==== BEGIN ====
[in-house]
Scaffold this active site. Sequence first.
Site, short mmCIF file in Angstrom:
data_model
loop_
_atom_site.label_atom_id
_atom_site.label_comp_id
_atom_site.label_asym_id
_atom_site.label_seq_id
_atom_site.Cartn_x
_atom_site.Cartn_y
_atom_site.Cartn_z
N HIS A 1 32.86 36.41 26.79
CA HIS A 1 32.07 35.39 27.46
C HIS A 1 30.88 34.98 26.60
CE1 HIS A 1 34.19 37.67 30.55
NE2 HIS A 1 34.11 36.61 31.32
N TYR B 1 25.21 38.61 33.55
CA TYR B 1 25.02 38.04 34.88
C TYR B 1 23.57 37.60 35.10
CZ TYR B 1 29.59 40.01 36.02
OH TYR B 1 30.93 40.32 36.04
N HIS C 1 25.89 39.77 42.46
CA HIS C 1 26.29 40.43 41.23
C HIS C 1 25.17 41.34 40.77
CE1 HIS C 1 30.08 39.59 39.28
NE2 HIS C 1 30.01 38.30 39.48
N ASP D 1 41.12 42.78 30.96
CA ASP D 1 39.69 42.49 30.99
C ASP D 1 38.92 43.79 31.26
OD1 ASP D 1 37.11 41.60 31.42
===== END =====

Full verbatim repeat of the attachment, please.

[in-house]
Scaffold this active site. Sequence first.
Site, short mmCIF file in Angstrom:
data_model
loop_
_atom_site.label_atom_id
_atom_site.label_comp_id
_atom_site.label_asym_id
_atom_site.label_seq_id
_atom_site.Cartn_x
_atom_site.Cartn_y
_atom_site.Cartn_z
N HIS A 1 32.86 36.41 26.79
CA HIS A 1 32.07 35.39 27.46
C HIS A 1 30.88 34.98 26.60
CE1 HIS A 1 34.19 37.67 30.55
NE2 HIS A 1 34.11 36.61 31.32
N TYR B 1 25.21 38.61 33.55
CA TYR B 1 25.02 38.04 34.88
C TYR B 1 23.57 37.60 35.10
CZ TYR B 1 29.59 40.01 36.02
OH TYR B 1 30.93 40.32 36.04
N HIS C 1 25.89 39.77 42.46
CA HIS C 1 26.29 40.43 41.23
C HIS C 1 25.17 41.34 40.77
CE1 HIS C 1 30.08 39.59 39.28
NE2 HIS C 1 30.01 38.30 39.48
N ASP D 1 41.12 42.78 30.96
CA ASP D 1 39.69 42.49 30.99
C ASP D 1 38.92 43.79 31.26
OD1 ASP D 1 37.11 41.60 31.42